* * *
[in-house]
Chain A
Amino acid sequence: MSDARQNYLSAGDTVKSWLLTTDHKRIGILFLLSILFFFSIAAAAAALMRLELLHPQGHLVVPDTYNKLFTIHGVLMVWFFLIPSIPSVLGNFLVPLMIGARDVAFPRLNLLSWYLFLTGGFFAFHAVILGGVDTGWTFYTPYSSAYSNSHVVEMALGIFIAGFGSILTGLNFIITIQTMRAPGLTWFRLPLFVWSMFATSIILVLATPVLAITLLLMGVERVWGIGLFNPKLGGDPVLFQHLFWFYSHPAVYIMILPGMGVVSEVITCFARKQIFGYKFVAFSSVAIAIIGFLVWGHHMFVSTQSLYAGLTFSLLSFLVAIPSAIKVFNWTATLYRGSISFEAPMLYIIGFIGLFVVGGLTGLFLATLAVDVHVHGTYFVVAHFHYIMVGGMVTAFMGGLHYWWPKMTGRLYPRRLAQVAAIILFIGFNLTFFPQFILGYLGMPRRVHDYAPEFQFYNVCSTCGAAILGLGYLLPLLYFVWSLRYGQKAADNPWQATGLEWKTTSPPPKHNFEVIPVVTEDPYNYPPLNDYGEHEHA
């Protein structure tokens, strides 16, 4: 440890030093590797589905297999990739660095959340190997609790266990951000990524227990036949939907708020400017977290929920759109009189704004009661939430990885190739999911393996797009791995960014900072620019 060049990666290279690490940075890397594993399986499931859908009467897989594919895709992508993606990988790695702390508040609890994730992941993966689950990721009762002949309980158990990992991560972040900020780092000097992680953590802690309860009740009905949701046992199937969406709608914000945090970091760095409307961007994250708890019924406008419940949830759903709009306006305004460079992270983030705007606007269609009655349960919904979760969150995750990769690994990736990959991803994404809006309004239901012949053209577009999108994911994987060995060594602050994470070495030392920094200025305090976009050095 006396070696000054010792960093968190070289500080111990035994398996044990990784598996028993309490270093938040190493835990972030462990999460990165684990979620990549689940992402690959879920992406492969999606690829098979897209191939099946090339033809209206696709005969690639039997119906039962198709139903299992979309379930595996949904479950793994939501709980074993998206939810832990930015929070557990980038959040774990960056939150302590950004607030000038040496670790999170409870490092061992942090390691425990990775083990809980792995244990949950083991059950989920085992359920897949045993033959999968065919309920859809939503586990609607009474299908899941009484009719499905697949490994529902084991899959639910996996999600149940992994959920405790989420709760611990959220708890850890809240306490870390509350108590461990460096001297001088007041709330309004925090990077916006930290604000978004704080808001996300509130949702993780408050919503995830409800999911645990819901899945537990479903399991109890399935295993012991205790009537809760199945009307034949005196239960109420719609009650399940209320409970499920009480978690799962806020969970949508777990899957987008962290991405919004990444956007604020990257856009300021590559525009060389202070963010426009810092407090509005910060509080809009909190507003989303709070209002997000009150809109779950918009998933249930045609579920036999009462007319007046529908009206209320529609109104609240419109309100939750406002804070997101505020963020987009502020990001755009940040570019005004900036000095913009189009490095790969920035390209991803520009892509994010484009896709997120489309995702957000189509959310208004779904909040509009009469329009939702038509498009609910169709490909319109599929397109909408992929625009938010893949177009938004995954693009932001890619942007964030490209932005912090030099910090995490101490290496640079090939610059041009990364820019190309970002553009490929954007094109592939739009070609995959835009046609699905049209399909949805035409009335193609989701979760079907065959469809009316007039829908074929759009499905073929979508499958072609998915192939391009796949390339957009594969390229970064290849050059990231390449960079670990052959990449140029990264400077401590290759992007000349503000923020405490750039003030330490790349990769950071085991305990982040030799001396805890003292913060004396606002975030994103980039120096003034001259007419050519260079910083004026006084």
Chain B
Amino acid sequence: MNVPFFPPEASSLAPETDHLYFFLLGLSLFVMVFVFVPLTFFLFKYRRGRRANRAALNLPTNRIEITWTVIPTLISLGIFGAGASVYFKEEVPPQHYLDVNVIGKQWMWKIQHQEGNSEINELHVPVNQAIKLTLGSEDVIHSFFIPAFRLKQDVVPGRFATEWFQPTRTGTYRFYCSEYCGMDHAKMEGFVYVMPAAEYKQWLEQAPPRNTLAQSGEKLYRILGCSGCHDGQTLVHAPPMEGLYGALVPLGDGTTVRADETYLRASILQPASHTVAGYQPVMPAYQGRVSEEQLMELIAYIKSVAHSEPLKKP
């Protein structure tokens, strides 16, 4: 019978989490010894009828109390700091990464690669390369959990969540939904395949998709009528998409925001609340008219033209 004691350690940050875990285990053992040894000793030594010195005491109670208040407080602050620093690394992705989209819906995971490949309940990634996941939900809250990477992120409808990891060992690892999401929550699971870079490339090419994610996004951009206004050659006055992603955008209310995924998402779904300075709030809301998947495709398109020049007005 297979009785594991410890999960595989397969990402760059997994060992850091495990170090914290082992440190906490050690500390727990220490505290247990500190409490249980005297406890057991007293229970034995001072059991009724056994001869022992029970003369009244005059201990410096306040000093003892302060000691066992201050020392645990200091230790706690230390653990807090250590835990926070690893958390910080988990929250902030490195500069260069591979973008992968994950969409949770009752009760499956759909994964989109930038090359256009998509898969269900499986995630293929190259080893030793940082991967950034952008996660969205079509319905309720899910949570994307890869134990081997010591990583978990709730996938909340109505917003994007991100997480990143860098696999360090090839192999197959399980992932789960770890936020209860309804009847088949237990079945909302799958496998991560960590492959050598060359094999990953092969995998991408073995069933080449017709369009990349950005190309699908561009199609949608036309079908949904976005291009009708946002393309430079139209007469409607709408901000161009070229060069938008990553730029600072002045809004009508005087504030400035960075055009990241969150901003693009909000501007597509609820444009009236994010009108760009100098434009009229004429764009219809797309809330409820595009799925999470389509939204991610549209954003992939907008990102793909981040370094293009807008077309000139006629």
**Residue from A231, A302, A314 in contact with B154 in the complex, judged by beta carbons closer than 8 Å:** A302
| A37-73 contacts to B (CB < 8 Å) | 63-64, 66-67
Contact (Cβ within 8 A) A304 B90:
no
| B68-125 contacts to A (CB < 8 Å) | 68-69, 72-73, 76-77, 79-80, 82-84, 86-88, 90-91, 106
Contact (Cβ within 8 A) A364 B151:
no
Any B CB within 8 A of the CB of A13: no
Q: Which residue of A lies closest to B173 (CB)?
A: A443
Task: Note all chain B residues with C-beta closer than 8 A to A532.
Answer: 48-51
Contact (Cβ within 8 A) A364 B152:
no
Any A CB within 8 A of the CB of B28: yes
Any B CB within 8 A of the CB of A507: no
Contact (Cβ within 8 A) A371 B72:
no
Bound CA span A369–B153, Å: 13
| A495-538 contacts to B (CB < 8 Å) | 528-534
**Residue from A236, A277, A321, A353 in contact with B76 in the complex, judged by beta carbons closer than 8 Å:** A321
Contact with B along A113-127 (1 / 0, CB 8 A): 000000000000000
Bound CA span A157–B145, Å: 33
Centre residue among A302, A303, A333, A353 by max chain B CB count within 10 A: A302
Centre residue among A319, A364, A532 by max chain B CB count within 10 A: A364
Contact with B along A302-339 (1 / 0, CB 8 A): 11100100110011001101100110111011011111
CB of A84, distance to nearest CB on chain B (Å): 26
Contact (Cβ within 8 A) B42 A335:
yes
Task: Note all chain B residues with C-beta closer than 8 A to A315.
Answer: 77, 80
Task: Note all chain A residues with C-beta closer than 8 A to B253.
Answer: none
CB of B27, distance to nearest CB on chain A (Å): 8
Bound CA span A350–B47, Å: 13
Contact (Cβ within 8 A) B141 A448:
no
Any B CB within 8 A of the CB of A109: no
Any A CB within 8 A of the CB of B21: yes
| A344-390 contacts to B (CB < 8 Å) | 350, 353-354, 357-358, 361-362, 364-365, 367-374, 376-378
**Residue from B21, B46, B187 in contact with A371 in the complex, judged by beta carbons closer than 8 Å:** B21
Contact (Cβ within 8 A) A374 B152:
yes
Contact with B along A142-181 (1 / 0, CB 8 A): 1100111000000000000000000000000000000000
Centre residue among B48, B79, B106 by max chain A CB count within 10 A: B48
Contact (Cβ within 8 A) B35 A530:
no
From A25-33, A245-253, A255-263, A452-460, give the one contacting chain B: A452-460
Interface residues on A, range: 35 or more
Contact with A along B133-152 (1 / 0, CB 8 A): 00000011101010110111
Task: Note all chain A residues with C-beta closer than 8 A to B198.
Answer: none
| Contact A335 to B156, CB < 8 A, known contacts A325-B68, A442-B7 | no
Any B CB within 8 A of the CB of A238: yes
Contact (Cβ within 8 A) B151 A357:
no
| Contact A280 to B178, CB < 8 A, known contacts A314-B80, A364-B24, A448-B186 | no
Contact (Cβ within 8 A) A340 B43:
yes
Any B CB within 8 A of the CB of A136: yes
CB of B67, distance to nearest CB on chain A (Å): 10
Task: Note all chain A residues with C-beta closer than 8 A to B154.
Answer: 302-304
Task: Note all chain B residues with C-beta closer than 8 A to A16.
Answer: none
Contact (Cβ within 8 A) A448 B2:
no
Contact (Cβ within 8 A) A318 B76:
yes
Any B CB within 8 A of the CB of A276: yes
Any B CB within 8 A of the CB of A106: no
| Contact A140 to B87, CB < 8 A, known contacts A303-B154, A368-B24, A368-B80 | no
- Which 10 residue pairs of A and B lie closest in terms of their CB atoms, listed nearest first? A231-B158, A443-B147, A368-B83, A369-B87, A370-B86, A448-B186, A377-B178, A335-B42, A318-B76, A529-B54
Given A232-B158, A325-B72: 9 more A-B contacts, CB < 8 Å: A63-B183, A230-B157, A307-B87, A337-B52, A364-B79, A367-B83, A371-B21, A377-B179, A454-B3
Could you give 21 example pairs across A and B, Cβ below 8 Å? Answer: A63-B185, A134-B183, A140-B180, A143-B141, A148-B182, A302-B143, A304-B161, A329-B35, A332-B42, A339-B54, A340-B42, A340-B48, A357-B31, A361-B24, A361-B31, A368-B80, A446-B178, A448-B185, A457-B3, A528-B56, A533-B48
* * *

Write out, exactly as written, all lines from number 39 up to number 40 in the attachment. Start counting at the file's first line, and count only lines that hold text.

Task: Note all chain A residues with C-beta closer than 8 A to B253.
Answer: none